These creamy strawberry rhubarb ice cream bars are packed with a pound and a half of fruit that’s reduced to a smooth, jammy puree and blended with sour cream to create a flavorful, sweet and tangy ice cream interior. After freezing, they’re coated with a luxuriously smooth white chocolate shell. While we most often think of rhubarb in pies, crisps and other baked recipes, this simple frozen strawberry rhubarb recipe is a unique way to enjoy the overlap of late rhubarb with the first fresh strawberries of the season.
STRAWBERRY RHUBARB ICE CREAM
When I was pondering what to make next with my latest bunch of rhubarb (after finishing off the strawberry rhubarb panna cotta tart and lemon rhubarb bars), I kept coming back to something that would really show off the fruity flavors of strawberry and rhubarb together, and ideally something easy, refreshing and frozen that could bridge the “not quite done with spring, but wishing it were summer” period we’re in here in the Pacific Northwest. I remembered my friend Bella’s simple plum sherbet that she published last summer on her site, ful-filled, and wondered if I could try something similar using strawberries and rhubarb. With a handful of adaptations to adjust the fruit quantity and the ratio of water to sugar, and the added step of churning the base mixture, I landed upon the ideal frozen strawberry rhubarb dessert. The finishing touch was adding a silky smooth white chocolate shell layer and a sprinkle of freeze dried strawberry bits.
ICE CREAM, GELATO, SHERBET OR SORBET?
After making this recipe, I became curious about whether it technically qualifies as sherbet or ice cream. I decided to explore the different types of frozen desserts to see where this recipe lands. According to Masterclass, ice cream has the highest milkfat content of frozen desserts. It is made from cream, milk, sugar, and sometimes egg yolks. It usually falls into the 14-25% fat range. At a minimum, the USDA require 10% milkfat to designate a product as ice cream.
Gelato is made from milk, cream and sugar, and does not typically contain egg yolks. It contains more milk than cream. It is churned at a slower speed than ice cream, which incorporates less air and creates a denser final product. Gelato has a fat content between 3-8%. Since it has a lower fat percentage, the flavors of the main ingredients aren’t masked by the fat and really stand out.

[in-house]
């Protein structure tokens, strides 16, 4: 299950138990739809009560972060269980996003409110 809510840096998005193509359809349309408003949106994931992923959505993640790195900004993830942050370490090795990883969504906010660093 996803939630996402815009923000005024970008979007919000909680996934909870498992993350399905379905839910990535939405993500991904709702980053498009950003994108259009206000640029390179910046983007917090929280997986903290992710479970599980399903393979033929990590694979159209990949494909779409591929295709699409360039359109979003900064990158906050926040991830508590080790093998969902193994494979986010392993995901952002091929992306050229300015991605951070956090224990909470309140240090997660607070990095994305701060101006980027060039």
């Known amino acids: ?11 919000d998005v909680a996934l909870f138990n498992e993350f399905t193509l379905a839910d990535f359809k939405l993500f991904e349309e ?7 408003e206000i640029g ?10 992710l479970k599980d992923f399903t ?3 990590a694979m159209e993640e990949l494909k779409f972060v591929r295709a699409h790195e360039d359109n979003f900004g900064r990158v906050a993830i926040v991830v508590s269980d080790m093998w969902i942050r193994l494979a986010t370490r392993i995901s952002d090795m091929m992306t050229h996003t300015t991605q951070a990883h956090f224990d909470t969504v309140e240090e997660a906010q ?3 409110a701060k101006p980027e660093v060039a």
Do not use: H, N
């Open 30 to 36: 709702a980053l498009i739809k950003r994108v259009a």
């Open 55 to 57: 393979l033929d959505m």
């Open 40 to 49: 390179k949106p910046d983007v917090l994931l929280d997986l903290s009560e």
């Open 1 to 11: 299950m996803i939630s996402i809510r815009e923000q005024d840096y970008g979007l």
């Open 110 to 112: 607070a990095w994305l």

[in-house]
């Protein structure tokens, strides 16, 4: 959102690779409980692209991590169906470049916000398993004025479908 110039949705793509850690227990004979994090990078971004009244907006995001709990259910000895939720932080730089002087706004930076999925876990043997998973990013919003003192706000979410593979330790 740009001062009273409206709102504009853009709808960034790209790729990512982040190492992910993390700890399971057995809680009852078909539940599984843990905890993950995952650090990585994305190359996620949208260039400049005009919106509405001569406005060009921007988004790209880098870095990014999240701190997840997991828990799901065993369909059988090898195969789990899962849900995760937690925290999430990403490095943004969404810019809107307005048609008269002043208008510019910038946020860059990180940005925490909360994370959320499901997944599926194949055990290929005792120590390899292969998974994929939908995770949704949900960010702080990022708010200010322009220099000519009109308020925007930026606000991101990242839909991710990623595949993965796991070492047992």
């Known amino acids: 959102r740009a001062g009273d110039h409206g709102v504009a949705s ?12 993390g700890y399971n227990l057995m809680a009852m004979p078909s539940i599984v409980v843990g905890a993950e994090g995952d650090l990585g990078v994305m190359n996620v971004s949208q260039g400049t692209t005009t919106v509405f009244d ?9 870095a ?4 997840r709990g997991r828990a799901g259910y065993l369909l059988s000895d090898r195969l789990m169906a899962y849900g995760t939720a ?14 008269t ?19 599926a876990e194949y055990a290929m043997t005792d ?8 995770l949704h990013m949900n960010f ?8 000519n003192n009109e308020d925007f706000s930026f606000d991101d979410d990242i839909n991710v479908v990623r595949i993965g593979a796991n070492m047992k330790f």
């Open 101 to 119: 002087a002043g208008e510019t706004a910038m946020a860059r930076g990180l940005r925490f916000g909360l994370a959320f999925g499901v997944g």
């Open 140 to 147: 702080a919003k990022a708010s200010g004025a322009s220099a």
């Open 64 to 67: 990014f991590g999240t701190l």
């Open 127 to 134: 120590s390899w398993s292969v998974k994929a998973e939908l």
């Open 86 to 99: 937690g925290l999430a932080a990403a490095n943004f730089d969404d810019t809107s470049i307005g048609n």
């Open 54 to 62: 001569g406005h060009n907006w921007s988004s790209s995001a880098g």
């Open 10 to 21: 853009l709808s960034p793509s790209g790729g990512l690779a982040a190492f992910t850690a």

Sherbet (sometimes mistakenly called sherbert) contains fruit, milk (or buttermilk) and sugar. It has a much lower milkfat content than ice cream or gelato at 1-2%.
Sorbet contains no dairy and is simply fruit, sugar and water, and therefore has a 0% milkfat content.
In order to figure out where this recipe lies on the milkfat scale, I used this ice cream butterfat calculator (thank you, internet!) After tallying all the ingredients by weight, the calculator tells me that this recipe for strawberry rhubarb ice cream bars falls at about 4.9% milkfat. I used a standard make-at-home ice cream machine with one speed, so I’m not sure that we can technically consider this gelato, although it does fall within the allotted milkfat range. Perhaps we can call it a hybrid sherbet – gelato (sherlato?) mixture. While it doesn’t hit ice cream range, I’m not uncomfortable labeling it as ice cream. After all, those specifications are not aimed at the homemade ice cream crowd, but rather those producing for sale. It tastes incredibly creamy, and in my opinion, that’s much more important than the technicalities.
HOW TO MAKE STRAWBERRY RHUBARB ICE CREAM BARS
To make these ice cream bars, I used these silicone molds. Each package contains 6 molds. I have two packages in order to have a 12 bar capacity (this recipe makes 8 bars). Using the molds makes the entire process easy and efficient. They are easy to fill, freeze beautifully, and the bars come out of the flexible molds effortlessly. Somehow eating an ice cream off of a stick feels more festive than from a bowl. I don’t know why. I struggled with the idea of purchasing another single use kitchen item for a while before I finally purchased the molds. But we’ve used them a great deal around our house since then, and are holding up very well. And if you like ice cream dipped in chocolate, having molds makes a huge difference and truly streamlines that process.
INGREDIENTS, SUBSTITUTIONS AND RECIPE NOTES
STRAWBERRIES AND RHUBARB
While I made use of fresh strawberries and rhubarb as I had them both on hand, it would be very easy to substitute frozen strawberries and frozen rhubarb (either or both) into this recipe. Since the fruit gets cooked down into a jam-like puree, using frozen fruit will work just fine. If possible, go by weight rather than volume when you’re measuring out the fruit. You can add the frozen fruit directly to the pot along with the water and sugar (no need to defrost first), but you might need to reduce the heat at first and cook it for a longer period of time.
Sour cream is the only fat in this ice cream recipe. Made from light cream (aka “regular cream,”) fermented with lactic acids, sour cream ranks at the bottom of the scale when comparing fat in cream products. It has a minimum fat content of 18%. Creme fraiche contains 30% fat, heavy cream has 36-40% fat, and double cream scores highest with 48% fat. You can read more about different cream types here. When you purchase sour cream, try to find a brand that doesn’t include additives and stabilizers. If you want to substitute for sour cream, I’d recommend either a low-fat/half fat creme fraiche if you’d like to keep the fat content similar, or a full-fat Greek yogurt if you don’t mind a reduction in the creaminess. Coconut cream (with a teaspoon or two of lemon juice for the sour tang) would be a good vegan substitute.
While completely optional, adding a bit of alcohol to this ice cream recipe will lower the freezing point and help avoid the formation of large ice crystals, giving you a smoother and slightly softer final product right out of the freezer. Vodka is a very neutral flavored liquor and we use a very small amount here. You won’t taste it at all when you’re eating the ice cream. My kids ate these with abandon with nary a peep.